Fork me on GitHub

Also checkout menu links with dynamic paths, for a more flexible solution than local tasks.


With local tasks we can display menu tabs across a set of pages. A simple example of this on our Drupal website would be if we were viewing a node with a title of Taco Tuesday, then we would typically see the View and Edit tabs across the top of the page (when we're logged in as an admin):

Drupal Local Tasks

The same idea applies to the View and Edit tabs we see on user profile pages on our Drupal site. These also are referred to as local tasks, and Drupal comes built in with various local tasks across all entity types (nodes, users, comments, vocabularies, terms).

DrupalGap utilizes this same concept, and allows us to place local task menu tabs across sets of pages. Similarily, DrupalGap comes pre-built with local task menu tabs across the core entity types. Here we see same View and Edit node local tasks DrupalGap:

DrupalGap Local Tasks

Let's take a look at some example local task page paths:


The % is a placeholder for an integer argument. This allows us to easily view and edit different types of entities, by utilizing their entity id in the page path, for example:


The key to understanding local tasks is that when we navigate to a path like node/123, the View and Edit menu links (local tasks) will automatically have the entity id filled into the % placeholder. This allows us to hold onto which entity we are dealing with, as we navigate across the menu tabs.

You may have noticed that node/% and node/%/view are equivalent, this is because the first local task menu tab is always attached to a pre-existing page path. All other tabs have their own unique page path. Let's take a look at how the node local tasks are built in DrupalGap.

An Example (from DrupalGap Core)

In DrupalGap core, there is a node_menu() function, which is an implementation of hook_menu().

Using these menu link items, we're able to craft the pages in the app to view and edit nodes, and have the local task menu tabs show up across the top of the pages. Let's take a look at a simplified version of the actual code:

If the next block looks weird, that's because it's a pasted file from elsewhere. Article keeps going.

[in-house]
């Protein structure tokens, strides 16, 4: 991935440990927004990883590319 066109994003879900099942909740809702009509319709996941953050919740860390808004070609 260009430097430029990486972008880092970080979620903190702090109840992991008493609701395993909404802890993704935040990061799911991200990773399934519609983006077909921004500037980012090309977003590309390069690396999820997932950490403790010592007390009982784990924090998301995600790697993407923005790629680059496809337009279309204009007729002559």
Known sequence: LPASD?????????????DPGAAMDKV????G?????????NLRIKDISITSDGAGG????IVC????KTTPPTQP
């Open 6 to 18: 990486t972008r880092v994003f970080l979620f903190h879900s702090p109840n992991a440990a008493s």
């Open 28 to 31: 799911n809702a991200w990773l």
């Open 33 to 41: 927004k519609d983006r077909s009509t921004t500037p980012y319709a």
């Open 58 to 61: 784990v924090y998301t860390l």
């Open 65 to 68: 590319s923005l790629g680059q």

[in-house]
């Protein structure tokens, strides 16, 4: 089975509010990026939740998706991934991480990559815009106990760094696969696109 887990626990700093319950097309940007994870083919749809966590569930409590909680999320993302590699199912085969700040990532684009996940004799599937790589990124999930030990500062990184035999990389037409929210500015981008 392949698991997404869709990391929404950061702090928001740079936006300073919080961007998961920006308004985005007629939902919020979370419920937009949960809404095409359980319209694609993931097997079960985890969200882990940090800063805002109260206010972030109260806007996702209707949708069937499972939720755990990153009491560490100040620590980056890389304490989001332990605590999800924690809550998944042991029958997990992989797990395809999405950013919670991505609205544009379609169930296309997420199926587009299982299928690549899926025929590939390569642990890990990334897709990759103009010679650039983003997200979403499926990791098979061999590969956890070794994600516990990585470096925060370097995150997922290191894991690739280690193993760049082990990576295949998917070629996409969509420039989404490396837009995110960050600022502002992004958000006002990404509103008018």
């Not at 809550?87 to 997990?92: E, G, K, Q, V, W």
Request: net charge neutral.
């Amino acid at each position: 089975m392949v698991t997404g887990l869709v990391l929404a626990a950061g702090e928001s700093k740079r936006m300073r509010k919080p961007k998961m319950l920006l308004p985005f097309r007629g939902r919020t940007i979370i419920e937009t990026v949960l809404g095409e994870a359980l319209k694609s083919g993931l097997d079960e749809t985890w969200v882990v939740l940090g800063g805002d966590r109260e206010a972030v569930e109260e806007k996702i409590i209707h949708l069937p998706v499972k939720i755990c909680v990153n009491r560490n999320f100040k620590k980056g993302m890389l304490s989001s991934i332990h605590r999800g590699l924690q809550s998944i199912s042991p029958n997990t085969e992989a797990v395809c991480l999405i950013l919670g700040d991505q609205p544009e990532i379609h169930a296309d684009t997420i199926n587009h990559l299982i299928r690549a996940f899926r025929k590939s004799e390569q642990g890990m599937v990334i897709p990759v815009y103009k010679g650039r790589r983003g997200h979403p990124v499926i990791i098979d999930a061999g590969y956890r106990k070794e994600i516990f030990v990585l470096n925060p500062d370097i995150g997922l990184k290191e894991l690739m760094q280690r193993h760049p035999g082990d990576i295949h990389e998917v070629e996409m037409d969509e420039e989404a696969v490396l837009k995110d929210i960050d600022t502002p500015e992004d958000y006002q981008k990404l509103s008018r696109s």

* Implements hook_menu().
function node_menu() {
  var items = {};
  items['node/%'] = {
    page_callback: 'node_page_view',
    page_arguments: [1]
  items['node/%/view'] = {
    title: 'View'
  items['node/%/edit'] = {
    page_callback: 'node_page_edit',
    page_arguments: [1],
    type: 'MENU_LOCAL_TASK',
    title: 'Edit'
  return items;

Here's what we did...

  1. Add page to view nodes with a path of node/%
  2. Add a default local task menu tab with a path of node/%/view, which will auto refer to its parent path, node/%
  3. Add another page for editing nodes with a path of node/%/edit, and set it as a local task menu tab

Now when we visit a page like node/123, this path is made up of two arguments (remember, we start counting at zero):

  1. argument 0: node
  2. argument 1: 123

This page is then routed to node/% and...

  1. The node/% page callback function is called to display the node on a page
  2. 123 is passed to the page callback function as an argument (because we said pass the argument in position #1 by using page_arguments[1])
  3. The View default local task node/%/view is automatically added to the page, and filled in with node/123/view path
  4. The Edit local task node/%/edit is automatically added to the page, and filled in with node/123/edit path

This same technique is used across all core entity types, so we can View and Edit tabs when needed.

Displaying Local Tasks

DrupalGap comes with a primary_local_tasks menu block. Just add the block to a region of your theme. For example, we could add the block to the navigation region of our theme in the settings.js file:

// My Theme's Blocks
drupalgap.settings.blocks['my_theme'] = {

  /* ... other regions ... */

  navigation: {

    /* ... other blocks ... */

    primary_local_tasks: { },

    /* ... other blocks ... */


  /* ... other regions ... */